As you slowly and painfully increase your understanding of what makes you abusive and how you control, you can begin your journey of making some amends to your victims. This means taking full responsibility for your abuse. No excuses! No minimisation! It was wrong. It hurt others. It was deliberate. You had an agenda. You were selective in choosing your victims. You did not show or indeed feel any empathy. You could have chosen non-abusive behaviour, irrespective of how your brain was programmed during early childhood. I know that you are beset by toxic shame, but being ashamed of hurting others is good shame. Feel it. Acknowledge the hurt unambiguously, and apologise. Make a written and verbal apology. This apology must be sincere, accepting full responsibility, promising never to repeat the abusive behaviour, and pledging to take steps to eradicate it. It will take a long time before you fully realise how destructive abuse is, so try to put yourself in the victim’s shoes, and imagine what it must have been like for him or her. This will be difficult for you, because abusive people lack empathy. One of the best ways to understand the hurt is to get the victims to write a detailed account of your abusive behaviour, and how it affected them. I believe that the emotional impact of this on you will be greatly increased if you read these written statements to your counsellor. That takes great courage.
Writing an account of their suffering will also be healing for the victims, but it will also arouse their righteous anger, which they may verbally direct at you. It is important for their healing and for your own, that you do not become defensive. This will not be easy for you, because you were accustomed to vent your anger on them. Now you are the vulnerable one. But, if you do not give them space to show their hostile feelings, their suffering will be increased.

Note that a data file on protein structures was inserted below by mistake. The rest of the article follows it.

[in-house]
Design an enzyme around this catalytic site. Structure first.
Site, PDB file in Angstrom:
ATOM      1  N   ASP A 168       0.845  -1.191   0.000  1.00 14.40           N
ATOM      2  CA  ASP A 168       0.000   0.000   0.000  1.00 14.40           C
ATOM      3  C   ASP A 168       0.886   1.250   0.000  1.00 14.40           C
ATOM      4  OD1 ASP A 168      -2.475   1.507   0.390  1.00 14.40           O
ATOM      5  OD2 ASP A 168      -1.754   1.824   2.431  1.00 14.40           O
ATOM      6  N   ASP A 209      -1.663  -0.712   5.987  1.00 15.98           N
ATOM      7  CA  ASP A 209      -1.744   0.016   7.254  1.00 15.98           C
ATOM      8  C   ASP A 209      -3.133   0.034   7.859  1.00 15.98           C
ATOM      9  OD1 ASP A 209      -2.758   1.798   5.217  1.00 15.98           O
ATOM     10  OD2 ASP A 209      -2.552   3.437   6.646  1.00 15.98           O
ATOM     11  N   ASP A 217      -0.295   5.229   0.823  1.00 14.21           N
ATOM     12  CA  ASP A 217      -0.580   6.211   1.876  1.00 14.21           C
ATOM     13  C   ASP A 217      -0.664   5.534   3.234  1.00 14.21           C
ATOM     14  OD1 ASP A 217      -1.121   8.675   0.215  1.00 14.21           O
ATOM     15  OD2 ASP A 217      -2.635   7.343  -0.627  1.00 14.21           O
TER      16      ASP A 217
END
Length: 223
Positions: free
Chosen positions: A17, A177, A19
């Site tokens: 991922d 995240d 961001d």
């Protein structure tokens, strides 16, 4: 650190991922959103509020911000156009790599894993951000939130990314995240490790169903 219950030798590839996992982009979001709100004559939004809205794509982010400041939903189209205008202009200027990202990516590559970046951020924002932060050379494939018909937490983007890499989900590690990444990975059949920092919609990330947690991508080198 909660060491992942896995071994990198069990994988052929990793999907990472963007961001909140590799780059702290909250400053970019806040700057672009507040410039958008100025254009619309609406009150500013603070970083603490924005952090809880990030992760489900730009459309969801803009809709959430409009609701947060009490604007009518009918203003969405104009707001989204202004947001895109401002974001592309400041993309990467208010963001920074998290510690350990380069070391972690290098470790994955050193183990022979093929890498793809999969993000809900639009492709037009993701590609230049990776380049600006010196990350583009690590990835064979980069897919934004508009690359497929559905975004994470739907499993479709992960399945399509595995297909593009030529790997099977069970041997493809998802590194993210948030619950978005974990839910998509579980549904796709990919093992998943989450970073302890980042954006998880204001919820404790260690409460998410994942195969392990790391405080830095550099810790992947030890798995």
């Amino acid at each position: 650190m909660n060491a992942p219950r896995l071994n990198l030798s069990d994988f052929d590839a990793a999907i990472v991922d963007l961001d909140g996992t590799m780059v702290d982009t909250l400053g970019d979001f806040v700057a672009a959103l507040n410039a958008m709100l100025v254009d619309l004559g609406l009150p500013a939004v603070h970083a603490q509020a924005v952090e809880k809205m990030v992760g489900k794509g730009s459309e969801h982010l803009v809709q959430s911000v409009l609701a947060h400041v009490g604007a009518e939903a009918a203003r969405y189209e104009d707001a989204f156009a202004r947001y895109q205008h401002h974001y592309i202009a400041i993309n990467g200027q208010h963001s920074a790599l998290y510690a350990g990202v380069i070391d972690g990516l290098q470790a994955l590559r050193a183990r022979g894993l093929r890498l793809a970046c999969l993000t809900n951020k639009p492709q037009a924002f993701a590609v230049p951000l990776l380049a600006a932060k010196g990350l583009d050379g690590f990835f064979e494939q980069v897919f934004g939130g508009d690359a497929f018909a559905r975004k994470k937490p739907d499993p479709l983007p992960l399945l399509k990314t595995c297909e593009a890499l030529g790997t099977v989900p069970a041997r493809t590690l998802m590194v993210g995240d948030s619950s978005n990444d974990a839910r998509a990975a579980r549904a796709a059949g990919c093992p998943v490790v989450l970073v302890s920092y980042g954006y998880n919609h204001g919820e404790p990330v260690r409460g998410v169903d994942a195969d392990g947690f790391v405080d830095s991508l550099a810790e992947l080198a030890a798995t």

It is extremely helpful to enlist the help of other key people, such as close friends. This makes it more likely that the abuse will never commence again, because it involves admitting your abusive past. Again, this is difficult for people with abusive tendencies, who hide their hurt and shame behind bravado and narcissism, and see vulnerability as weakness.
If you have the courage to take this path, you will gradually begin to respect your partner, and recognise her/his boundaries. I suggest that you learn about boundaries, and this will help you see that healthy relationships show parity and respect in every aspect of being together, running a house, and rearing children, having equal responsibility, sharing, communicating, mutual handling of money, listening without interrupting, and giving space for your partner to be angry. Think boundaries! Become acutely aware when you are tempted to breach them. Be aware of the triggers and false beliefs that kick into action at that time. Pay attention to how your abusive tendencies are ignited if you feel ignored, insulted, rejected, or shamed.
Adapted from Jim O’Shea’s book Abuse. Domestic Violence, Workplace and School Bullying published by Cork University Press
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